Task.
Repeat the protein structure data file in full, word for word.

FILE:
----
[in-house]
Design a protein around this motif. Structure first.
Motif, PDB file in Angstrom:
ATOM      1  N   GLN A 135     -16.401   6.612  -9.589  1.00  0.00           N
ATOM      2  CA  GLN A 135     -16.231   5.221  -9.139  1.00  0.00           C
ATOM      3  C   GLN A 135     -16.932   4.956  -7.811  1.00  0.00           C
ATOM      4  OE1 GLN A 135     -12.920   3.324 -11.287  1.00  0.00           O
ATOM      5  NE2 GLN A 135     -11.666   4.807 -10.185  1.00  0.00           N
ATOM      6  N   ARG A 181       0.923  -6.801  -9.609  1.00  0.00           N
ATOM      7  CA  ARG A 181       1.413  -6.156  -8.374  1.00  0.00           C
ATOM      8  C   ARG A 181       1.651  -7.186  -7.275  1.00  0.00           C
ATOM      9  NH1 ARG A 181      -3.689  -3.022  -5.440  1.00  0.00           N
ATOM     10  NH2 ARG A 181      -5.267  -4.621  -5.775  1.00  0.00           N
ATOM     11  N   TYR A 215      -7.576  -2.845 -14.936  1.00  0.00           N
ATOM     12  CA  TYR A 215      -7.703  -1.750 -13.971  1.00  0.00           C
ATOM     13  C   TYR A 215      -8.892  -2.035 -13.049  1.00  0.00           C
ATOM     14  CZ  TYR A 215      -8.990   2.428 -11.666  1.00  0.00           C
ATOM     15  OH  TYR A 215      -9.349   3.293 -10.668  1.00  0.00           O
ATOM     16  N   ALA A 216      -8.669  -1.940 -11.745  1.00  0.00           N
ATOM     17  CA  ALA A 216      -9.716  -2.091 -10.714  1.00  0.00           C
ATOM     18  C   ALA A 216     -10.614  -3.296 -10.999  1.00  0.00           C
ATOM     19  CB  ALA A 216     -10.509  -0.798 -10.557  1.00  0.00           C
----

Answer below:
[in-house]
Design a protein around this motif. Structure first.
Motif, PDB file in Angstrom:
ATOM      1  N   GLN A 135     -16.401   6.612  -9.589  1.00  0.00           N
ATOM      2  CA  GLN A 135     -16.231   5.221  -9.139  1.00  0.00           C
ATOM      3  C   GLN A 135     -16.932   4.956  -7.811  1.00  0.00           C
ATOM      4  OE1 GLN A 135     -12.920   3.324 -11.287  1.00  0.00           O
ATOM      5  NE2 GLN A 135     -11.666   4.807 -10.185  1.00  0.00           N
ATOM      6  N   ARG A 181       0.923  -6.801  -9.609  1.00  0.00           N
ATOM      7  CA  ARG A 181       1.413  -6.156  -8.374  1.00  0.00           C
ATOM      8  C   ARG A 181       1.651  -7.186  -7.275  1.00  0.00           C
ATOM      9  NH1 ARG A 181      -3.689  -3.022  -5.440  1.00  0.00           N
ATOM     10  NH2 ARG A 181      -5.267  -4.621  -5.775  1.00  0.00           N
ATOM     11  N   TYR A 215      -7.576  -2.845 -14.936  1.00  0.00           N
ATOM     12  CA  TYR A 215      -7.703  -1.750 -13.971  1.00  0.00           C
ATOM     13  C   TYR A 215      -8.892  -2.035 -13.049  1.00  0.00           C
ATOM     14  CZ  TYR A 215      -8.990   2.428 -11.666  1.00  0.00           C
ATOM     15  OH  TYR A 215      -9.349   3.293 -10.668  1.00  0.00           O
ATOM     16  N   ALA A 216      -8.669  -1.940 -11.745  1.00  0.00           N
ATOM     17  CA  ALA A 216      -9.716  -2.091 -10.714  1.00  0.00           C
ATOM     18  C   ALA A 216     -10.614  -3.296 -10.999  1.00  0.00           C
ATOM     19  CB  ALA A 216     -10.509  -0.798 -10.557  1.00  0.00           C